“Pig” of the Litter
If you’ve been following the #GAPFarmLife blog series, you would have learned that for a turkey farmer, ‘litter’ means ‘bedding’. But for a pig farmer, the term ‘litter’ has a whole different meaning! When a momma pig (or “sow”) gives birth to a group of baby pigs (or “piglets”), this group is called a “litter”.
This week, we’re going to get you up to speed on some pig farming lingo and give you a peak at what piglet management looks like. (And that means management according to our G.A.P. farm animal welfare standards, of course!) To help us explain this process, we followed a sow and her litter over the course of seven weeks on one of our G.A.P. partner farms that is part of the North Carolina Natural Hog Growers Association.
The Piglets are Coming
To start, sows are pregnant for 114 days – but an easy way to remember that is: 3 months, 3 weeks, and 3 days! These “gestating sows” are given special care to make sure they are fit and healthy when the piglets arrive.
There are many different ways to house and manage sows and their piglets. Sows have a natural instinct to build a nest and give birth (or “farrow”) away from other animals. So, in the days before a sow’s expected farrowing, our partners at NC Hogs move their sows to individual outdoor huts, which are bedded with straw, allowing her to perform these natural behaviors.
From Birth to Weaning
On March 12, 2019, sow #111 gave birth to 14 piglets. Litter sizes can range from 8-20+, though the average is closer to 10-12 piglets per litter, so caring for them is a full-time job!
After birth, piglets learn how to access their mother’s milk very quickly. It doesn’t take long for the piglet to learn when their mom is ready to let down her milk. She starts by making slow, rhythmic grunts, and as her grunts speed up, the piglets know a meal is on its way! With the sow laying on her side, piglets form two layers in order for each piglet to get their own teat – and they will come back to the same teat every time.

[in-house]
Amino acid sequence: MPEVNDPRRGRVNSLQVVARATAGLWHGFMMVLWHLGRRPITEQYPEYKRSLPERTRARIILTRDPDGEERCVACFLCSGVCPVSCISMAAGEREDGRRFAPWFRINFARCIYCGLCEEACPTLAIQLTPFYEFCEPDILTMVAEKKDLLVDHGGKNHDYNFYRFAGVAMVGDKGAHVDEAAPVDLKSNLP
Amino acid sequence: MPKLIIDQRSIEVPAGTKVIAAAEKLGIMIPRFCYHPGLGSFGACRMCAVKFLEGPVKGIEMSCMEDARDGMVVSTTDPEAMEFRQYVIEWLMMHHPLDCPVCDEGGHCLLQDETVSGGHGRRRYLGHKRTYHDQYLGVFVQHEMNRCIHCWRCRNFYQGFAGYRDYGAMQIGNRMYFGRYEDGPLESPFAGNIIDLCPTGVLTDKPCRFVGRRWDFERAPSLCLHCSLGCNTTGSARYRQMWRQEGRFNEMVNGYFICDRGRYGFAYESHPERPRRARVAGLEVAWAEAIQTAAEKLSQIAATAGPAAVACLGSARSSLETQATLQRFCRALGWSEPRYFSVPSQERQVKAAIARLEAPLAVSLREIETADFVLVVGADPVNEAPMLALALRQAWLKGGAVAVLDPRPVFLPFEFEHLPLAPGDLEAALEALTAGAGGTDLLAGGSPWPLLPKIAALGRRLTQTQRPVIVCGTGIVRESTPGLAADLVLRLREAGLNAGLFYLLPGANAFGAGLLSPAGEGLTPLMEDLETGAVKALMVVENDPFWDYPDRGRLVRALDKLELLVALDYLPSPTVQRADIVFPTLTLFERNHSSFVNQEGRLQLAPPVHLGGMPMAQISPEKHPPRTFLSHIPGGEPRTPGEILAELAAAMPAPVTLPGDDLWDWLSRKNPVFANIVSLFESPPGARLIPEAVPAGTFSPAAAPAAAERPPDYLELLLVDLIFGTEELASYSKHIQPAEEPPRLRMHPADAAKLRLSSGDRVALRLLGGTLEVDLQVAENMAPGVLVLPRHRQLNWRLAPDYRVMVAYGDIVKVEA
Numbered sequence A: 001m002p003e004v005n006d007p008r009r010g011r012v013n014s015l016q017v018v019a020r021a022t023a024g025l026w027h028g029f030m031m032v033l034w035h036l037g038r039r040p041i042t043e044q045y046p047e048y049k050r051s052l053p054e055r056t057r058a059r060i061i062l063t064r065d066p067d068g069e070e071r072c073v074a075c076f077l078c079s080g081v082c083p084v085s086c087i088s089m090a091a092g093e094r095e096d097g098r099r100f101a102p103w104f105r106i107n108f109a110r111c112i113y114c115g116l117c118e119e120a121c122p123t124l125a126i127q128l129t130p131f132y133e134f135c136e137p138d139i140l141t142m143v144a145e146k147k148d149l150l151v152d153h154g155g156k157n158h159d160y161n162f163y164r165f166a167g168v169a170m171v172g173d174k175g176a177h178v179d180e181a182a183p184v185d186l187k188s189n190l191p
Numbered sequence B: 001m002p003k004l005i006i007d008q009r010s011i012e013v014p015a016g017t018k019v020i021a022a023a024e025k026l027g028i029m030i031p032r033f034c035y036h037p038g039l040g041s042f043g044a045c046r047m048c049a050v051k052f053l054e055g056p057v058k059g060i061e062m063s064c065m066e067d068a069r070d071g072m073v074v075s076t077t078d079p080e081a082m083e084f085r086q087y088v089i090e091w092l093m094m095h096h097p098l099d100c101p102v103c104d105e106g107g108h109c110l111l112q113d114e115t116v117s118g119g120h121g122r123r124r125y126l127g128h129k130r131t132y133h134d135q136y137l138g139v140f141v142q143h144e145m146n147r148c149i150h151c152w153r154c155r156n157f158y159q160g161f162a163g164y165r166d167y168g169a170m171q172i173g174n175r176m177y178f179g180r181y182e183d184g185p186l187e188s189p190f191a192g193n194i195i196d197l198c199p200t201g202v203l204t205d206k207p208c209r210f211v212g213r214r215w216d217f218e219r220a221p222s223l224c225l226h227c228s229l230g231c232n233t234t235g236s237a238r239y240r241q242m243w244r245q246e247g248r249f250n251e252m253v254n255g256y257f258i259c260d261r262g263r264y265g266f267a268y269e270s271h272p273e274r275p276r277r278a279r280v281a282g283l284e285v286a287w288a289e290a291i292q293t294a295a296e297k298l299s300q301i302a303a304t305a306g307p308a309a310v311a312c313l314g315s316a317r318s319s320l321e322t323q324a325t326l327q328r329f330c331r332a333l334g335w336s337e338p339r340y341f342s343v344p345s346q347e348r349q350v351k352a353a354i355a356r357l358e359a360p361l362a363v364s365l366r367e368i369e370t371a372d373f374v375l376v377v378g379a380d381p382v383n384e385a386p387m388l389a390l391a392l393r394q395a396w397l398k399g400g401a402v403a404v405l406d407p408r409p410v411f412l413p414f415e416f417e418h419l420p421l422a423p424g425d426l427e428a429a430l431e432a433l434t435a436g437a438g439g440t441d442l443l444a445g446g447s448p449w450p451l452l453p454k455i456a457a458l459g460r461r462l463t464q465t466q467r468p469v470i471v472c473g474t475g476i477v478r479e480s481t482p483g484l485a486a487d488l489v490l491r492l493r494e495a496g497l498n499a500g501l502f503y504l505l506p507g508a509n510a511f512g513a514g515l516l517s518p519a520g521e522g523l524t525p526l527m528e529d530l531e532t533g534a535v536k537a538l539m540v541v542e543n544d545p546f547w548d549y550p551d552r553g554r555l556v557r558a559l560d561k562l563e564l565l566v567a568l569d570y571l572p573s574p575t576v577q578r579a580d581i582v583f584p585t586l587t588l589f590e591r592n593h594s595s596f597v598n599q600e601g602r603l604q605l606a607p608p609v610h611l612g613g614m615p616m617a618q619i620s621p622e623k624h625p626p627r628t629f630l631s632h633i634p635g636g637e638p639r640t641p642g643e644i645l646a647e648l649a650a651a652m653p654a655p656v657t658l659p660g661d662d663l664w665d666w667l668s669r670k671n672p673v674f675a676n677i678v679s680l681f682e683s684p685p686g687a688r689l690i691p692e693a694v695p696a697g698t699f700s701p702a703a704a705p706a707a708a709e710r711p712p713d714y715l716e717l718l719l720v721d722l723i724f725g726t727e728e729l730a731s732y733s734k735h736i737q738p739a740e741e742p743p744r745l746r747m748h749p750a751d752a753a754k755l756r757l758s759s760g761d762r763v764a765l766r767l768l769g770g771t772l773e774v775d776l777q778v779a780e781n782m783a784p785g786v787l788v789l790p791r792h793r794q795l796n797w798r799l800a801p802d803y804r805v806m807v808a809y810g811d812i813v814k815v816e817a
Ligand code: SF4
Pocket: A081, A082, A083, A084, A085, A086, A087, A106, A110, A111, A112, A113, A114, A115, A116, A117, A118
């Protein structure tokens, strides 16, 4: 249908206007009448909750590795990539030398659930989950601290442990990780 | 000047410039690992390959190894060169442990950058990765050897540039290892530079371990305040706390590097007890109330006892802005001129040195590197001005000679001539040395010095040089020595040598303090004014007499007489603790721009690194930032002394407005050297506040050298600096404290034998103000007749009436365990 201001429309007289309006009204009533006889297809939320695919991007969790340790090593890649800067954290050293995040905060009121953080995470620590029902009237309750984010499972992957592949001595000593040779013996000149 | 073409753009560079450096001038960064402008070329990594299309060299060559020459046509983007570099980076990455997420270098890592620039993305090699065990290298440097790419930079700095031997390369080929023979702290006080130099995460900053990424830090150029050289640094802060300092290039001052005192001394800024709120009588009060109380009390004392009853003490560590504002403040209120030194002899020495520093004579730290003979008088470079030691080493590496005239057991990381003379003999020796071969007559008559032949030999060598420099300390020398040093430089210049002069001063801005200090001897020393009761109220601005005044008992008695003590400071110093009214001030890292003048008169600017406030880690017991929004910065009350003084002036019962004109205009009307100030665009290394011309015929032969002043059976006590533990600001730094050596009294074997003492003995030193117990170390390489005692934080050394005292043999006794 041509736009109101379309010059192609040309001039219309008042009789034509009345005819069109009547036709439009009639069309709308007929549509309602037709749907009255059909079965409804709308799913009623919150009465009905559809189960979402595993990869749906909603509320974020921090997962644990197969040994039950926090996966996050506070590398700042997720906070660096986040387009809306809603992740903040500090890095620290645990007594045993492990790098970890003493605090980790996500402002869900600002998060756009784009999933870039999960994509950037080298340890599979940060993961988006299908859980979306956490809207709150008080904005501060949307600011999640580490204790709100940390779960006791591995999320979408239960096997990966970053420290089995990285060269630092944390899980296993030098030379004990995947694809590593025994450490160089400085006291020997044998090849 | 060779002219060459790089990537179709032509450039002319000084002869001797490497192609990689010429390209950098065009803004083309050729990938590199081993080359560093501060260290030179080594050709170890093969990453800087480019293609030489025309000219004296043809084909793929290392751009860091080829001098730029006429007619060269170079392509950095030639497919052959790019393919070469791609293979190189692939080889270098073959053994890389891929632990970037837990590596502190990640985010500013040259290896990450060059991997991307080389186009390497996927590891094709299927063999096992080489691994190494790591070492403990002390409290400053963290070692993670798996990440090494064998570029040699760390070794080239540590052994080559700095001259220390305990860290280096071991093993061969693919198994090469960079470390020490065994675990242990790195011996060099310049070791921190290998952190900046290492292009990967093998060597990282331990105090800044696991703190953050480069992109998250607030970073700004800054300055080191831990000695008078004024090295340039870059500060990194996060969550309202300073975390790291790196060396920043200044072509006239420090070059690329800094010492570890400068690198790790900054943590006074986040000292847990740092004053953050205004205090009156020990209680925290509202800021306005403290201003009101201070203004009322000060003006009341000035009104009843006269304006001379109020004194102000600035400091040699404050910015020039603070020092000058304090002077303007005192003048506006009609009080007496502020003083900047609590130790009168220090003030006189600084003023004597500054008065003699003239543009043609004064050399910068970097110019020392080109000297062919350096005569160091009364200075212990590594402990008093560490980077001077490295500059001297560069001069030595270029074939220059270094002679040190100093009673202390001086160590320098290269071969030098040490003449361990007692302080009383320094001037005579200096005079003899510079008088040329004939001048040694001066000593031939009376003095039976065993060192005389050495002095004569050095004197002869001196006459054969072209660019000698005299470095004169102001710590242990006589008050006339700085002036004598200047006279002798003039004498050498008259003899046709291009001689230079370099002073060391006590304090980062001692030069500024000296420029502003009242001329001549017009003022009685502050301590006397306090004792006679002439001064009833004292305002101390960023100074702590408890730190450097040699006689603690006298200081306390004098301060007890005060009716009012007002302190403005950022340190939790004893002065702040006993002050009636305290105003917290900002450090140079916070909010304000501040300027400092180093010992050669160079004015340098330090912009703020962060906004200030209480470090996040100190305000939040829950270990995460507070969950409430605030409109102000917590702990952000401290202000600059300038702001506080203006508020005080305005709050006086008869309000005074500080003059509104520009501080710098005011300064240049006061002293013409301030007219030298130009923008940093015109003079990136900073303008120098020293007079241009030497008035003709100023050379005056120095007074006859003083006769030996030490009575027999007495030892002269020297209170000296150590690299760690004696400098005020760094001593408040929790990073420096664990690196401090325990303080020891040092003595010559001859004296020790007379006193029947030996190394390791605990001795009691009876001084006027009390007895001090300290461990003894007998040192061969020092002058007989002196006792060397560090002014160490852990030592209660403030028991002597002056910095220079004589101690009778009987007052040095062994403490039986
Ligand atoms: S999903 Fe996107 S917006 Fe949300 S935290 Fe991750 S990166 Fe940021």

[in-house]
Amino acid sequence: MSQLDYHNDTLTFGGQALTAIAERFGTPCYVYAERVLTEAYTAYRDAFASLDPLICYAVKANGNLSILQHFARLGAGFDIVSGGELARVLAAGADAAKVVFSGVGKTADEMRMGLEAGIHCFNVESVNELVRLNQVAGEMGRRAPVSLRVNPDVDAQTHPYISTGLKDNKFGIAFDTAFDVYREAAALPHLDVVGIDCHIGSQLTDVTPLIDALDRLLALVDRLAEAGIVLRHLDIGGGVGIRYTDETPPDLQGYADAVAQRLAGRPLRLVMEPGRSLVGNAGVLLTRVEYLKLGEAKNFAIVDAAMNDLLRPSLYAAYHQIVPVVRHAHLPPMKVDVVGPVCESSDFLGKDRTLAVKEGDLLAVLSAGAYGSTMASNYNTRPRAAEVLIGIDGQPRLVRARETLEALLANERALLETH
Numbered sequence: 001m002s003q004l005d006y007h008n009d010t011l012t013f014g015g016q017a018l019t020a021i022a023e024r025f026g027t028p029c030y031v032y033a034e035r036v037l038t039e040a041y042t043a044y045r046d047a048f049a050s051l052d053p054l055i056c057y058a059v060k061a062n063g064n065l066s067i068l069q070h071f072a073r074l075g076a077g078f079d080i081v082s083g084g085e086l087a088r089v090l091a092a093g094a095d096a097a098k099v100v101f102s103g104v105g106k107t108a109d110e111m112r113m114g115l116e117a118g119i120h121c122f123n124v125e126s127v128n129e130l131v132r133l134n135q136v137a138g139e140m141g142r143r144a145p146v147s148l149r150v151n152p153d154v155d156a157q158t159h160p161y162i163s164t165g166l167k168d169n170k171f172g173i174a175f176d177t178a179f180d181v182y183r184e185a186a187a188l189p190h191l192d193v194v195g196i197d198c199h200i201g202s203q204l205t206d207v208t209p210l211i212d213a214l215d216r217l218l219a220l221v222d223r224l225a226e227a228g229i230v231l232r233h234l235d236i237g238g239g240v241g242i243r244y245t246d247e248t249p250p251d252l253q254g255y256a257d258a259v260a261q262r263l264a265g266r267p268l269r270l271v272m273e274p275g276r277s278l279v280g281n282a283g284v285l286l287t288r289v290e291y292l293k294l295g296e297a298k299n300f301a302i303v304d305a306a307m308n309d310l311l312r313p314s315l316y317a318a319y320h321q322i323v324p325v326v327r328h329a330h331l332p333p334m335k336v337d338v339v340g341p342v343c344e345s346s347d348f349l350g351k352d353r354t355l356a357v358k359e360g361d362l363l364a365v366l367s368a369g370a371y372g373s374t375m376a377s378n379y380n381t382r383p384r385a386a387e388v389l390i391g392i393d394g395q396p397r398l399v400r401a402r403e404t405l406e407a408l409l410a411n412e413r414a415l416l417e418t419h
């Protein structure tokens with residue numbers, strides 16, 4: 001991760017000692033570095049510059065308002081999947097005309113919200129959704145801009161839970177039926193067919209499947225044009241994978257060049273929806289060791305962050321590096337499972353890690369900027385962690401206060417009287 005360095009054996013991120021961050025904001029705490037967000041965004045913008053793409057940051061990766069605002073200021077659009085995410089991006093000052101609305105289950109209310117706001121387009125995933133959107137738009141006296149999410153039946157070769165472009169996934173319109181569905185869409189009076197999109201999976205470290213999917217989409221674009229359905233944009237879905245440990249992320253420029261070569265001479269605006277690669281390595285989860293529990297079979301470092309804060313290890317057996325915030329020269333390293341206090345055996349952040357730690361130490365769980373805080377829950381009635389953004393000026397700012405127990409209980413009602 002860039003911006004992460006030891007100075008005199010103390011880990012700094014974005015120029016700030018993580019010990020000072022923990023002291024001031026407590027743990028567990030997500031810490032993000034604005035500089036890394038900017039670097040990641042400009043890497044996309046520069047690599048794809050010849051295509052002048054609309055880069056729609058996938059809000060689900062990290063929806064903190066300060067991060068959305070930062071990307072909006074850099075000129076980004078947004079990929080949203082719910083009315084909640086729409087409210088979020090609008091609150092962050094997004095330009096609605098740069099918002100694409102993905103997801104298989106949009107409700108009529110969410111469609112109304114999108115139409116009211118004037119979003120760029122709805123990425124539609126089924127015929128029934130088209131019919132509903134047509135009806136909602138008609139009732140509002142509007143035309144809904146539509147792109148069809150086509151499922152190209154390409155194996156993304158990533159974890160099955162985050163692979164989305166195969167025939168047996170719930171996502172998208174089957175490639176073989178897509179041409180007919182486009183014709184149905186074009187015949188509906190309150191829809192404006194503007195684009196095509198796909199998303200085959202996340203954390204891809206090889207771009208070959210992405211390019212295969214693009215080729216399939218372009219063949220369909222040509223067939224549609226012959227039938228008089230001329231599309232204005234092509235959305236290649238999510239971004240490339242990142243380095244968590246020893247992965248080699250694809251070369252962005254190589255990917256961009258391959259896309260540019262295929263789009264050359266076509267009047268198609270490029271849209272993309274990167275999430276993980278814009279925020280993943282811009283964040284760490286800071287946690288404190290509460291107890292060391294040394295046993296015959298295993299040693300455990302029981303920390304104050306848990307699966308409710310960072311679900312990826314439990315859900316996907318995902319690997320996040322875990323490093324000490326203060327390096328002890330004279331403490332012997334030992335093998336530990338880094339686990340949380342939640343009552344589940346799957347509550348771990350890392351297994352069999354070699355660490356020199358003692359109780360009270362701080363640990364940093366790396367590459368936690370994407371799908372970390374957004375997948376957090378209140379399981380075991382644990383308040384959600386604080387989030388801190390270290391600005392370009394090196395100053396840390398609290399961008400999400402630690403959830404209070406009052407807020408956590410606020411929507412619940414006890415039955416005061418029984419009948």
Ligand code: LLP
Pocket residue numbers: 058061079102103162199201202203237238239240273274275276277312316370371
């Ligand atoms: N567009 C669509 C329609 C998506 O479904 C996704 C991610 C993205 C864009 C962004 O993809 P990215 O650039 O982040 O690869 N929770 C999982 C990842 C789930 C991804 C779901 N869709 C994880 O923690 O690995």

A fully-grown sow can reach weights of 500+ lbs, but an average piglet only weighs between 4-5 lbs at birth! Farrowing pens are designed with protected areas to give the piglets space to get away from their mother if she lies down too quickly. These protected areas are often heated to keep the newborn piglets warm.
Once the piglets get to a certain age at this NC Hogs farm (for this litter, it was on day 16), they and the sow are moved to a group housing area with other sow-piglet groups. This type of group management gives the sow more space to move around and express natural behaviors, like maternal care and social interactions with other sows. It also allows the piglets to meet, greet and play with piglets from other litters.
Though the piglets can mingle with other litters in group housing, they will often continue to rest and interact with their own litter mates.
Being acquainted with the other piglets in a group housing system prepares them for the next step – weaning. This is when all of the piglets are moved to a new area together away from the sows. After weaning, we then refer to them as “weaners” or “nursery pigs” and they will stay in these groups until they are ready to leave the farm. The litter from sow #111 was weaned at 47 days of age and have now started the next stage of their growing lives.
Like this post? Want to keep learning about our G.A.P. farm animal welfare standards in practice? Let us know! To keep up-to-date with more posts like this, follow #GAPFarmLife on social media (including Instagram and Facebook)! If you’re a pig farmer, let us know about your piglet and sow management successes.